Soap Floats – The Invention of Ivory Soap

ivorysoapTo better compete within the soap industry, Proctor & Gamble sought to create a high quality, affordable, duel bath bar and laundry product. In 1878, the first successful formula was created and produced under the name of White Soap.

Rumor has it that the floating soap formula was invented accidentally by one of the Proctor & Gamble’s employees. In 1879, an unknown soap maker left the mixer unattended and running while out for lunch. A batch of White Soap had been over-whipped and unusual amounts of air found its way into the mixture. The soap mixture continued through the rest of the production process and was shipped for consumers. Soon after, company officials began receiving letters requesting more floating soap. The addition of whipped air to the mixture made the soap lighter than water, so it floated.

This is a nice story of a mistake becoming one of Proctor & Gamble’s most successful products, but is it true? According to Proctor & Gamble’s company archivist, Ed Rider, this is a false wives’ tale. Rider had found documentation that a chemist, James N. Gamble, created the floating soap formula. In a document, James Gamble noted “I made floating soap today. I think we’ll make all of our stock that way.” The floating soap had incredible marketing potential and small amounts of air were intentionally whipped into the mixture. This process also produced a smooth textured bar of soap that was easy to lather.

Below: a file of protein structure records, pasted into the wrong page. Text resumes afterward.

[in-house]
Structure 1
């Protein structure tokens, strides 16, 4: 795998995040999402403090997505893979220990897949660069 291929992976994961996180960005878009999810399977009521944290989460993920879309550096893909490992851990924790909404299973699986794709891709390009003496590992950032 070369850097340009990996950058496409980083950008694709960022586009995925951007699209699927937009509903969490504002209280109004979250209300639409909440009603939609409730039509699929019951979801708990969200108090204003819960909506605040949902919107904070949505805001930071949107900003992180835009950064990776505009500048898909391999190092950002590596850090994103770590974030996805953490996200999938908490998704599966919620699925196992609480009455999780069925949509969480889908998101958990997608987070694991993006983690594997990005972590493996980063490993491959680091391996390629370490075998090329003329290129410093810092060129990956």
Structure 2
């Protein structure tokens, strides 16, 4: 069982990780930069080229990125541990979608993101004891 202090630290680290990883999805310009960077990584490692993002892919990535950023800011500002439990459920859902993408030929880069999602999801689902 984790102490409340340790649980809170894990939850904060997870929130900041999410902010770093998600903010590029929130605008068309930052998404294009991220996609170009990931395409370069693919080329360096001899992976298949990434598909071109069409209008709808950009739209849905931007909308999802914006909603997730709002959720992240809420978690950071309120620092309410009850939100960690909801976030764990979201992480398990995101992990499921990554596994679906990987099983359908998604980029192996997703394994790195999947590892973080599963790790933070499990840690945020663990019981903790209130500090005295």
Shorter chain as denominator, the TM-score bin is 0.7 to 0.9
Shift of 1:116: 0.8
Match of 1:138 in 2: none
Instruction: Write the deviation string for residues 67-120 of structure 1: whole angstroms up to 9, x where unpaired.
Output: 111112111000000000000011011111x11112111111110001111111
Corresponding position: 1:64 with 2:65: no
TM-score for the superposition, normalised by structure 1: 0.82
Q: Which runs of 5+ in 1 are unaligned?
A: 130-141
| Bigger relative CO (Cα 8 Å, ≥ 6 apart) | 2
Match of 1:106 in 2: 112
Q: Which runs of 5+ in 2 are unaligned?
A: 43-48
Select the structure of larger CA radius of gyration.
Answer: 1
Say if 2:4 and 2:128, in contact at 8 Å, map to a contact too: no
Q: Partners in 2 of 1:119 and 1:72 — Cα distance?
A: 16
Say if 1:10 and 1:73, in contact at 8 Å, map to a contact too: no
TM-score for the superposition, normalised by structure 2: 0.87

ivoryposterWhile listing to a sermon, Harley Proctor received inspiration for the name of this soap from Psalm 45:8, “All thy garments smell of myrrh and aloes and cassia out of ivory palaces whereby they have made thee glad.” The popular floating shower accessory would be named Ivory. Proctor & Gamble registered for a trademark on Ivory Soap on September 23, 1879 and received trademark number 7,701.

In 1882, Ivory was one of the first brands to have scientific researched based advertising. Harley Procter wrote the slogan “99-44/100% Pure: it floats” after a sample analysis of contents against the best Castile soaps (the leading competitor at the time). A sample of Ivory soap was sent to college chemistry professors and independent laboratories. Proctor totaled the pure soap ingredient percentages (0.56%) and subtracted it from 100%, and was left with 99.44%. Compared to castile soap, Ivory’s 99.44% had a higher purity ratio by this measurement. This slogan is a registered trademark with the US Trademark Office.

The floating soap bar was an immense hit because it could easily be found in bathtubs and wash buckets. The excitement from consumers led “It Floats” to become the soap’s shorted slogan in 1891.

Today, the Ivory name is a parachute over different soap formulas, including bar soaps that float and those that do not. If heated in the microwave, Ivory soap will expand more than six times the size of its’ original form. This practice is often used to demonstrate Charles’ Law, closed-cell foam formation and physical change. Over 130 years after the invention of Ivory soap, Americans have used 40 billion bars of Ivory soap. If uniformly lined up, the bars would amount to a length of 2,525,253 miles long or circle around the earth almost 101 ½ times.